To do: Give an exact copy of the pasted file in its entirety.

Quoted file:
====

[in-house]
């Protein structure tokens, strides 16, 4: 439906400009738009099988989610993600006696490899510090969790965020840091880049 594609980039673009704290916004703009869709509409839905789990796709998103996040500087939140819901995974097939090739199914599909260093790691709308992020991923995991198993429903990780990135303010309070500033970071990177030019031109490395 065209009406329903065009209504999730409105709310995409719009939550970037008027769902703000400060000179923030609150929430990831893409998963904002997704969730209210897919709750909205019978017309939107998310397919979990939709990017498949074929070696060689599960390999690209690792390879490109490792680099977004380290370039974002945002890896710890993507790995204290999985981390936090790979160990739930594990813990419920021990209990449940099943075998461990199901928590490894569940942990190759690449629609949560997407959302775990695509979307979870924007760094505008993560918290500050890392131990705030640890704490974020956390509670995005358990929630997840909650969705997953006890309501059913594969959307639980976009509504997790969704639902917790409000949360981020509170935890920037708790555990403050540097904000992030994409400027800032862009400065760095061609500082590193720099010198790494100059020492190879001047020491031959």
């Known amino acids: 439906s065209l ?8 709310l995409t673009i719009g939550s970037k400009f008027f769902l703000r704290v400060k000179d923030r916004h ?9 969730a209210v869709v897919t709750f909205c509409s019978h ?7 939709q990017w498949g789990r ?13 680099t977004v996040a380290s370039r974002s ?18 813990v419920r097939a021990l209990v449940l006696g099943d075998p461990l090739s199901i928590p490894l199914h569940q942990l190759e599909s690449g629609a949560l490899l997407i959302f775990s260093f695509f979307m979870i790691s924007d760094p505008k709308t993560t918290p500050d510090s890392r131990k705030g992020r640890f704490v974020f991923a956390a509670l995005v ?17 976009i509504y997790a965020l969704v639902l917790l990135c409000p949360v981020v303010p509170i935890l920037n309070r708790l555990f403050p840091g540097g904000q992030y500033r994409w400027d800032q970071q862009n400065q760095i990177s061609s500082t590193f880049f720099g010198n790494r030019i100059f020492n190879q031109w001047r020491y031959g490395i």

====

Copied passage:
[in-house]
């Protein structure tokens, strides 16, 4: 439906400009738009099988989610993600006696490899510090969790965020840091880049 594609980039673009704290916004703009869709509409839905789990796709998103996040500087939140819901995974097939090739199914599909260093790691709308992020991923995991198993429903990780990135303010309070500033970071990177030019031109490395 065209009406329903065009209504999730409105709310995409719009939550970037008027769902703000400060000179923030609150929430990831893409998963904002997704969730209210897919709750909205019978017309939107998310397919979990939709990017498949074929070696060689599960390999690209690792390879490109490792680099977004380290370039974002945002890896710890993507790995204290999985981390936090790979160990739930594990813990419920021990209990449940099943075998461990199901928590490894569940942990190759690449629609949560997407959302775990695509979307979870924007760094505008993560918290500050890392131990705030640890704490974020956390509670995005358990929630997840909650969705997953006890309501059913594969959307639980976009509504997790969704639902917790409000949360981020509170935890920037708790555990403050540097904000992030994409400027800032862009400065760095061609500082590193720099010198790494100059020492190879001047020491031959």
């Known amino acids: 439906s065209l ?8 709310l995409t673009i719009g939550s970037k400009f008027f769902l703000r704290v400060k000179d923030r916004h ?9 969730a209210v869709v897919t709750f909205c509409s019978h ?7 939709q990017w498949g789990r ?13 680099t977004v996040a380290s370039r974002s ?18 813990v419920r097939a021990l209990v449940l006696g099943d075998p461990l090739s199901i928590p490894l199914h569940q942990l190759e599909s690449g629609a949560l490899l997407i959302f775990s260093f695509f979307m979870i790691s924007d760094p505008k709308t993560t918290p500050d510090s890392r131990k705030g992020r640890f704490v974020f991923a956390a509670l995005v ?17 976009i509504y997790a965020l969704v639902l917790l990135c409000p949360v981020v303010p509170i935890l920037n309070r708790l555990f403050p840091g540097g904000q992030y500033r994409w400027d800032q970071q862009n400065q760095i990177s061609s500082t590193f880049f720099g010198n790494r030019i100059f020492n190879q031109w001047r020491y031959g490395i």